Analysis by Waterkeepers Shows Shocking Level of PFAS Contamination in Local Rivers & Streams

This year, a total of 113 local Waterkeepers, including 16 Waterkeepers in our region, collected samples from 114 waterways across 34 states and the District of Columbia. Independent analysis indicates a shocking level of contamination, with 94 participating Waterkeeper groups confirming the presence of PFAS – dangerous per- and polyfluoroalkyl substances that are widely linked to serious public health and environmental impacts – in their waterways. Waterways in 29 states and D.C. were found to be contaminated by at least one, but most frequently, multiple PFAS compounds; many tests revealed the presence of up to 35 different PFAS compounds.  

Since at least the 1950s, PFAS compounds have been widely used in manufacturing and are found in many consumer, commercial, and industrial products. These multiple PFAS compounds are often referred to as “forever chemicals” because they do not break down over time. Instead, these dangerous chemicals accumulate in people, wildlife, and the environment. As a result, PFAS have been found in surface water, air, soil, food, and many commercial materials. Scientific studies increasingly link these toxic chemicals to serious health conditions such as cancer, liver and kidney disease, reproductive issues, immunodeficiencies, and hormonal disruptions.

On the Clean Water Act’s 50th Anniversary on October 18, Waterkeeper Alliance released Invisible, Unbreakable, Unnatural, a groundbreaking new analysis of American waterways that sounds the alarm on a PFAS pollution emergency. 83% of waterways tested were found to contain at least one type of PFAS. In the Chesapeake Bay region, 39 samples were taken in rivers and streams. In 100% of the samples, levels of PFAS were found. To make matters worse, the level for PFOA and PFOS detected in this study is significantly higher than EPA’s Drinking Water Health Advisory Limits for those substances (0.004 parts per trillion (ppt) and 0.02 ppt, respectively). This leaves open the possibility that even waterways in other parts of the US with non-detect results are in fact contaminated with these PFAS compounds at levels below the detection limits but above EPA’s interim Health Advisory Limits. [See Table 4 below for results in Bay region states.]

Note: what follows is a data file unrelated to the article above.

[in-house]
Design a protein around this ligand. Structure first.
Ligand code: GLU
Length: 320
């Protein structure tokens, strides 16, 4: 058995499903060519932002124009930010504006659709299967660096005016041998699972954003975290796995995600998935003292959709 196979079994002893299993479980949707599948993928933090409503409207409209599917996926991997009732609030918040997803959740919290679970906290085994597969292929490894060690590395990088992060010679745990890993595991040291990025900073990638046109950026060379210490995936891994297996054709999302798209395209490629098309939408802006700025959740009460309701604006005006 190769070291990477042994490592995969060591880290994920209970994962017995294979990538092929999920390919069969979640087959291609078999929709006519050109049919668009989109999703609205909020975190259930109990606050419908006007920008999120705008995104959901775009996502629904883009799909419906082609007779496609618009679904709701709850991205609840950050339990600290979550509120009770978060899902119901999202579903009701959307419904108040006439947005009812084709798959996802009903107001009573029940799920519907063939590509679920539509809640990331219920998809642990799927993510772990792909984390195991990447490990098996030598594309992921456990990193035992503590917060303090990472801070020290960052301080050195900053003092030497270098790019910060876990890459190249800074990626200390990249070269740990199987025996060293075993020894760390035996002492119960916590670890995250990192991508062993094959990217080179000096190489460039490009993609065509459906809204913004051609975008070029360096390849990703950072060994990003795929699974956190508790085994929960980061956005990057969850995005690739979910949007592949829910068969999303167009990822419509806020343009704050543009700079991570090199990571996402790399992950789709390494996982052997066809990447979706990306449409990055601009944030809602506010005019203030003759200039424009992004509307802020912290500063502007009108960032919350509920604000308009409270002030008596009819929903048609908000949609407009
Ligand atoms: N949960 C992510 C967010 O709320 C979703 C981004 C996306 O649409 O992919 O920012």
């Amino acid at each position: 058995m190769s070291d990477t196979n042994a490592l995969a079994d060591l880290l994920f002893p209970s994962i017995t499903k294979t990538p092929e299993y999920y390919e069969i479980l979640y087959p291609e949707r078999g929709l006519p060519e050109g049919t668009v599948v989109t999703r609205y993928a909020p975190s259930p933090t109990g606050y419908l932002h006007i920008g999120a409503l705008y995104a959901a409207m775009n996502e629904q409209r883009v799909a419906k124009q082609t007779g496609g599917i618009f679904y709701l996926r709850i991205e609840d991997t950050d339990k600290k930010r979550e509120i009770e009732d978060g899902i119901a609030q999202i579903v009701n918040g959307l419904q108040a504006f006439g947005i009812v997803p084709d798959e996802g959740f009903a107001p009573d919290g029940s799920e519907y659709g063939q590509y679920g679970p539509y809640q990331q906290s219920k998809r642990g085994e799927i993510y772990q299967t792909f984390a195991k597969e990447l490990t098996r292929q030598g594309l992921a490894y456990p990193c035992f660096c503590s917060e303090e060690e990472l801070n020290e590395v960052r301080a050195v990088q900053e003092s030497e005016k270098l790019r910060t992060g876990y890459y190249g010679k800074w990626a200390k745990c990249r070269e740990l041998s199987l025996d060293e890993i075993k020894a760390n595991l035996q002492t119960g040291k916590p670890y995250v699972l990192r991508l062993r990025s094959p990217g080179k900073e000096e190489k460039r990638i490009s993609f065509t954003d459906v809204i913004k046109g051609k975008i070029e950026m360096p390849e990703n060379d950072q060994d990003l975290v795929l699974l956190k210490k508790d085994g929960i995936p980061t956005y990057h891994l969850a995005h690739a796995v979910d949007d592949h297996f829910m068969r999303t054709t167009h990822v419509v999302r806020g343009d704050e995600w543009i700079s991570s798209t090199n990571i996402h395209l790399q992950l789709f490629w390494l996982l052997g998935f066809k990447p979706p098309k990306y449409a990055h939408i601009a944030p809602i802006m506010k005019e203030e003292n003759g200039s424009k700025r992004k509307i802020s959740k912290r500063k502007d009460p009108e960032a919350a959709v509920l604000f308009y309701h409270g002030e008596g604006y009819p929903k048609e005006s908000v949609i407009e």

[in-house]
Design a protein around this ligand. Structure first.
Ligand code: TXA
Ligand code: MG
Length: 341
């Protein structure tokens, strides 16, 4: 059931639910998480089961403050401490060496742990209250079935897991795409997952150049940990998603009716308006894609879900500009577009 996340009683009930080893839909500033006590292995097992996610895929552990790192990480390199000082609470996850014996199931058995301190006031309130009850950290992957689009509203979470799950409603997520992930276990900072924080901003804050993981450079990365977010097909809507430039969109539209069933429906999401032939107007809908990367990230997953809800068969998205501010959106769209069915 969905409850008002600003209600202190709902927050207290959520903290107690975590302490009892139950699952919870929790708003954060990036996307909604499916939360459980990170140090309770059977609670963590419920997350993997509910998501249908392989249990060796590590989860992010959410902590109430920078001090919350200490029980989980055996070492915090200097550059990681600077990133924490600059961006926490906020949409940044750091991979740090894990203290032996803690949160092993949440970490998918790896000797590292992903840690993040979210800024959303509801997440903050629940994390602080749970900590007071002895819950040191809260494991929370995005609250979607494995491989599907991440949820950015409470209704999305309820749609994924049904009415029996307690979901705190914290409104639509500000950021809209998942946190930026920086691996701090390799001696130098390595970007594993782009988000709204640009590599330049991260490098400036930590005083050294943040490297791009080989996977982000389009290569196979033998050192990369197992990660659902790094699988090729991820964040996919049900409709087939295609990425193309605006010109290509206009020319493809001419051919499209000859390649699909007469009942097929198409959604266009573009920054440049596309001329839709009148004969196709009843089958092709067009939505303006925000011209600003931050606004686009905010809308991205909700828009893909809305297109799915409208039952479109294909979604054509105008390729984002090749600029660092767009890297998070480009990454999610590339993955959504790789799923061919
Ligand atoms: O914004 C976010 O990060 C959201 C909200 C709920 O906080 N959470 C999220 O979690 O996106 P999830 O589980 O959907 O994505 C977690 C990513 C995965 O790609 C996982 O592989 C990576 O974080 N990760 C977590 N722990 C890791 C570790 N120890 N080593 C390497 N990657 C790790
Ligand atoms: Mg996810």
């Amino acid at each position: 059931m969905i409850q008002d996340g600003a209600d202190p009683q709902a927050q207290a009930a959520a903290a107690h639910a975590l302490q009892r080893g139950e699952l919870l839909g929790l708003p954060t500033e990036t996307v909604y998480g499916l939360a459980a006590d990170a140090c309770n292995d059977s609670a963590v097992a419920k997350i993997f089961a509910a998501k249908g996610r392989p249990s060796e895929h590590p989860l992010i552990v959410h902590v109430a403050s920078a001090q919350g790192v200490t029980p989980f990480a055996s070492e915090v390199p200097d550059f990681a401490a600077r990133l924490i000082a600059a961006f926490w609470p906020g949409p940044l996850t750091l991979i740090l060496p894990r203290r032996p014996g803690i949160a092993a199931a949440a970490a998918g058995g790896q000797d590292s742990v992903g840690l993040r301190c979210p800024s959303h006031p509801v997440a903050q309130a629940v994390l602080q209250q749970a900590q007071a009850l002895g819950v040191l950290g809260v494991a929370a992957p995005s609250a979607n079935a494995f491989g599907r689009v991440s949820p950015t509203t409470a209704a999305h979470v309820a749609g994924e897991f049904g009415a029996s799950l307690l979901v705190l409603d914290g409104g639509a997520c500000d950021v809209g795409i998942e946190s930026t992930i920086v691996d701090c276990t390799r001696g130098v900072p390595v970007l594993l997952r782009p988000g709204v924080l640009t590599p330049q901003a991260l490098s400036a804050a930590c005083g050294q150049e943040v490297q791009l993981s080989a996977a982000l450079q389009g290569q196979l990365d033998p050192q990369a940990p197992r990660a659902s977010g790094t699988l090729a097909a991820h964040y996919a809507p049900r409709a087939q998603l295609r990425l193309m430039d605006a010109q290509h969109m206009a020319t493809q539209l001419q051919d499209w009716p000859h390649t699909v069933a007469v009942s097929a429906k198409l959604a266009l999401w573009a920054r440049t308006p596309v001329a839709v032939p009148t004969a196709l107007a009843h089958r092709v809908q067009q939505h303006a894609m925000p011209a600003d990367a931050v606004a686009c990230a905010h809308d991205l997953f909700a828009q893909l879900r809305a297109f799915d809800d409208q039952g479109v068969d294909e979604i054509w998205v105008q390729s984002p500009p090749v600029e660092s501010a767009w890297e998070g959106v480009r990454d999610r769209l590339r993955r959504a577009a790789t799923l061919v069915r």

These findings are an important step toward filling in a major data gap, and they validate Waterkeeper Alliance’s call to EPA for increased and widespread monitoring to gain a complete picture of PFAS contamination in all watersheds across the country. 

In some places, like creeks connected to the Potomac River in Maryland, the Lower Susquehanna River in Pennsylvania, and the Niagara River in New York, the level of contamination is thousands to hundreds of thousands times higher than what experts say is safe for drinking water. This is of particular concern as an estimated 65% of Americans source their drinking water from surface waters similar to those sampled. Lower Susquehanna Riverkeeper Ted Evgeniadis sampled Kreutz Creek, a tributary of the Susquehanna River. The highest total PFAS concentration (6,510.3 ppt) for all detections across the nation was found in the downstream sample he collected. For just one type of compound, PFBS, the detention level was 2083.3 ppt. This is thousands to hundreds of thousands times higher than the EPA guidance levels. Modern Landfill discharges leachate into Kreutz Creek and has dramatically degraded water quality throughout Kreutz Creek by discharging pollutants above their permit limits. Ted is sampling Kreutz Creek on a monthly basis and is assessing levels of PFAS in individual residents’ wells throughout Lower Windsor Township, York County, PA.

“Modern Landfill has taken away the constitutional right for residents and the public to safely recreate and fish around Kreutz Creek. The owners of the Landfill must be held accountable to the highest standards in effectively treating their wastewater to remove PFAS and other harmful pollutants,” said Lower Susquehanna Riverkeeper Ted Evgeniadis.